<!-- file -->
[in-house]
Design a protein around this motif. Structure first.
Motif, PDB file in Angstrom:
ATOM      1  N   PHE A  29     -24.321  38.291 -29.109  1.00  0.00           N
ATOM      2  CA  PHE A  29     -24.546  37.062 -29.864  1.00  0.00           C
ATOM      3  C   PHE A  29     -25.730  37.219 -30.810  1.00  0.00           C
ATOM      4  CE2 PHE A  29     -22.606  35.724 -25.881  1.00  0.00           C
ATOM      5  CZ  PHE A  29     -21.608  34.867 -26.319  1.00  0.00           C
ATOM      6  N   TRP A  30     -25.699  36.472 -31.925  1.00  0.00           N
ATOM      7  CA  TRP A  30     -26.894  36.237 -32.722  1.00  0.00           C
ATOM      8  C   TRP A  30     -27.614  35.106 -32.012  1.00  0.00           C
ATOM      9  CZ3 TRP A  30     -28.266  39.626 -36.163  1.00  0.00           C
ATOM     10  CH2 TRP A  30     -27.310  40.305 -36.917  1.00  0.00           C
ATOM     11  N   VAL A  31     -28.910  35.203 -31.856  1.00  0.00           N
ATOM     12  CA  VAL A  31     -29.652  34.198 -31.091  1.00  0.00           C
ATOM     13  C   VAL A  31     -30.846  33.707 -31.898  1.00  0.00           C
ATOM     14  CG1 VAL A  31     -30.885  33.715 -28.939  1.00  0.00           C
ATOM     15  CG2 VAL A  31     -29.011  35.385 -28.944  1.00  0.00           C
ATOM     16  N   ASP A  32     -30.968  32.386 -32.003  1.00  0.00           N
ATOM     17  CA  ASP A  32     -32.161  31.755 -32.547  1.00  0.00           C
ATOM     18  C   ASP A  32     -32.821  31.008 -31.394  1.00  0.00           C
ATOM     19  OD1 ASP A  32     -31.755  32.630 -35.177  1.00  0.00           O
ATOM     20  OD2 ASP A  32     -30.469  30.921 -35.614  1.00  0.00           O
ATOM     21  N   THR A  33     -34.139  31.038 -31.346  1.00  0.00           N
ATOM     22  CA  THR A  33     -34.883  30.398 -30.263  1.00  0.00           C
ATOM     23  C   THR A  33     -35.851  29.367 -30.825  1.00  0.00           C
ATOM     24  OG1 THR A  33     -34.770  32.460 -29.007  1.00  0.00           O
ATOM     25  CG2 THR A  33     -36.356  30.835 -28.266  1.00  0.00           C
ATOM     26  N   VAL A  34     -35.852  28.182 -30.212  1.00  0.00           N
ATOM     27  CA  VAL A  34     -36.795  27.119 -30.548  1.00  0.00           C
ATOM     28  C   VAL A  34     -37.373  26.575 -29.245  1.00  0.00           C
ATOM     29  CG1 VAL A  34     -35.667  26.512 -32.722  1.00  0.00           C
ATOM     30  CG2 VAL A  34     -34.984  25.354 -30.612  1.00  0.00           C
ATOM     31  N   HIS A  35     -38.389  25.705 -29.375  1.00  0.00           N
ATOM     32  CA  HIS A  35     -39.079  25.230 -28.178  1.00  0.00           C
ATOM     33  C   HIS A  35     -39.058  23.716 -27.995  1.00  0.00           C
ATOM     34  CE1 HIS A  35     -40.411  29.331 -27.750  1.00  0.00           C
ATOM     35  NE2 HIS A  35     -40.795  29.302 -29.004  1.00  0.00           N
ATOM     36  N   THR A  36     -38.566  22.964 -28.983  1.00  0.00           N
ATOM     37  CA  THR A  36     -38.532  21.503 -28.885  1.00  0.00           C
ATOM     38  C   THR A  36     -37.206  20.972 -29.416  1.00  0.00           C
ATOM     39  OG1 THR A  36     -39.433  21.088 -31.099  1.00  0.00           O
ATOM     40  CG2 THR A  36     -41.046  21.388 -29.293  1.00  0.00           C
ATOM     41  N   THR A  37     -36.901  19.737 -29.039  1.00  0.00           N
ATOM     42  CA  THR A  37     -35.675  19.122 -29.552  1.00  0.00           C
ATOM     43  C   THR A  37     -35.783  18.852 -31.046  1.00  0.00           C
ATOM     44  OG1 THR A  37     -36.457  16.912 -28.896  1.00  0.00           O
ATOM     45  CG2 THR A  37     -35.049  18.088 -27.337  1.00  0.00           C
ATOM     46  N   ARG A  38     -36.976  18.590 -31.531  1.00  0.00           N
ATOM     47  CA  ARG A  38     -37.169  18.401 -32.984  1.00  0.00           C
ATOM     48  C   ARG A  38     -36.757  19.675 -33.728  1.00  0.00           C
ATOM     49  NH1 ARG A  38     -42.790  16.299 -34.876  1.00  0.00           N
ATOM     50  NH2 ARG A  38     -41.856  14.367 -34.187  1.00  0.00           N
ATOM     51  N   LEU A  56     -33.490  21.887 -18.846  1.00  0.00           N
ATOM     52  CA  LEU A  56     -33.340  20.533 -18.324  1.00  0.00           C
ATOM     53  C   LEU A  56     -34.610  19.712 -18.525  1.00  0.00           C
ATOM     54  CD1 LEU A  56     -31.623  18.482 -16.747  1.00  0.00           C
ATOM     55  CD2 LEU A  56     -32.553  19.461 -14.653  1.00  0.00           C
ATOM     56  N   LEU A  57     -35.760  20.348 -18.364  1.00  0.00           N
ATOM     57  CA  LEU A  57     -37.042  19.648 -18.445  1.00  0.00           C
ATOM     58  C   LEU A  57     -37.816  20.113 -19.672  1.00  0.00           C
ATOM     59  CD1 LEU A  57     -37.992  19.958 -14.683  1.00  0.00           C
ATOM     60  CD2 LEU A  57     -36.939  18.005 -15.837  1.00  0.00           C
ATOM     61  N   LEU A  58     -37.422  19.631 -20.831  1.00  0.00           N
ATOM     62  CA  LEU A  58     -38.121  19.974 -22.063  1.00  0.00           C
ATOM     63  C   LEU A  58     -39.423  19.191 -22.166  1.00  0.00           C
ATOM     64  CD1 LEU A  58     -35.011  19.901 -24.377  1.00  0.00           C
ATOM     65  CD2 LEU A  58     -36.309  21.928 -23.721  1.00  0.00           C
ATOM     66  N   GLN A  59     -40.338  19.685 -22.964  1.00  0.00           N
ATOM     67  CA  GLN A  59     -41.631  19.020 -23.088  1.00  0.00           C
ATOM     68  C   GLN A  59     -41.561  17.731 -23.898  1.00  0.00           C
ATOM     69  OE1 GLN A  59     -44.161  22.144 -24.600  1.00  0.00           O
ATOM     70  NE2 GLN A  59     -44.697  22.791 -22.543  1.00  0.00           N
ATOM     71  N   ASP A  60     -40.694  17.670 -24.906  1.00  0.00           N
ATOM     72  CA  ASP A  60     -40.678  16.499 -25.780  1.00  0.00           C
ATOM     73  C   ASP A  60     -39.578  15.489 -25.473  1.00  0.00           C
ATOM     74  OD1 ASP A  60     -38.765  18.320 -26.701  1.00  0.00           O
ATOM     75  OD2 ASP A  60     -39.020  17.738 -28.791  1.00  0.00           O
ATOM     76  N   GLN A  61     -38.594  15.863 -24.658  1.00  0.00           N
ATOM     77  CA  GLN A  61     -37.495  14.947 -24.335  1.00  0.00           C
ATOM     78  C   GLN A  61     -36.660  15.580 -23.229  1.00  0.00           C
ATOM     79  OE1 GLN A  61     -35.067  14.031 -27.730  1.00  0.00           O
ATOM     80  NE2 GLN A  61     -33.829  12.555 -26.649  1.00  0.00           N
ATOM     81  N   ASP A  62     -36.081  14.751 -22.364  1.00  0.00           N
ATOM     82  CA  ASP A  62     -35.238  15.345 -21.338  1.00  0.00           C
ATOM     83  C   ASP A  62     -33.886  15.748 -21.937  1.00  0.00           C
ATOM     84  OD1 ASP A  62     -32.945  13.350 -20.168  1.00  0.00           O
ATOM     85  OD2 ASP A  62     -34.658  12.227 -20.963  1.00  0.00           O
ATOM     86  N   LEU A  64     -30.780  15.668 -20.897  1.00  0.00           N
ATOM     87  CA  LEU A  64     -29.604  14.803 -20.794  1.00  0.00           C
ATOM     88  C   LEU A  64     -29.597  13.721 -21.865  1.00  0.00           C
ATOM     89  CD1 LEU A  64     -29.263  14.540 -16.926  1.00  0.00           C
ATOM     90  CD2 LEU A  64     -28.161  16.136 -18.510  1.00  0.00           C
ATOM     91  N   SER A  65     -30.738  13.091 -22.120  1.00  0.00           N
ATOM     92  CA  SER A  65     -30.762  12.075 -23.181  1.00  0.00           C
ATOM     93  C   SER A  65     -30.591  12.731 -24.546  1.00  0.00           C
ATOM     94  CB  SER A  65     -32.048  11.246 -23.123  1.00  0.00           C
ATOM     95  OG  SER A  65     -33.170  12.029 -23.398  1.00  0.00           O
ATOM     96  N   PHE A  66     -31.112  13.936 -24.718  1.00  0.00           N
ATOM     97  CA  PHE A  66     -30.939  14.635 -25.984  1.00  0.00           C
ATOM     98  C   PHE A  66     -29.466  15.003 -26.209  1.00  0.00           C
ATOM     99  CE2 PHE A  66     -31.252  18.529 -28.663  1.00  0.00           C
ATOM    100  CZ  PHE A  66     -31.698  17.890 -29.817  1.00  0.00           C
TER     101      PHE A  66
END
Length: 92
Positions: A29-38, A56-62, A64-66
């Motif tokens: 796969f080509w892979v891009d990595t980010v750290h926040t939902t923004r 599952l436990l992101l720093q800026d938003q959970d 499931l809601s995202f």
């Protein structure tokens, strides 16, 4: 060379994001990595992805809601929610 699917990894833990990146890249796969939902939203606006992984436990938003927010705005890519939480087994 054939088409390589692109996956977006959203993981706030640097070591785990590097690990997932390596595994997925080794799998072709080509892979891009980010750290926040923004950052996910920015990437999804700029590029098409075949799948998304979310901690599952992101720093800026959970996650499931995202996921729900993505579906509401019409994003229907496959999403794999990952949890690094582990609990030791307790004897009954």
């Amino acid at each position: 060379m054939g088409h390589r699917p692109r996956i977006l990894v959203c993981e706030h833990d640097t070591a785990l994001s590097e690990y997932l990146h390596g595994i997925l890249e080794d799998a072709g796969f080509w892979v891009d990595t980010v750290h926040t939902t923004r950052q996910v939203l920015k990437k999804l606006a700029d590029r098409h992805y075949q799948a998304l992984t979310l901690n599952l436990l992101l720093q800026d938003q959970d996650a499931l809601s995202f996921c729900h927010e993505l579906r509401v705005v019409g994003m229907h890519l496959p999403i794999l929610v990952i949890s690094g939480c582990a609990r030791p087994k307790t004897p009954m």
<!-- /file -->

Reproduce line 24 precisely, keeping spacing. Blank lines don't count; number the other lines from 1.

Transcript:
ATOM     21  N   THR A  33     -34.139  31.038 -31.346  1.00  0.00           N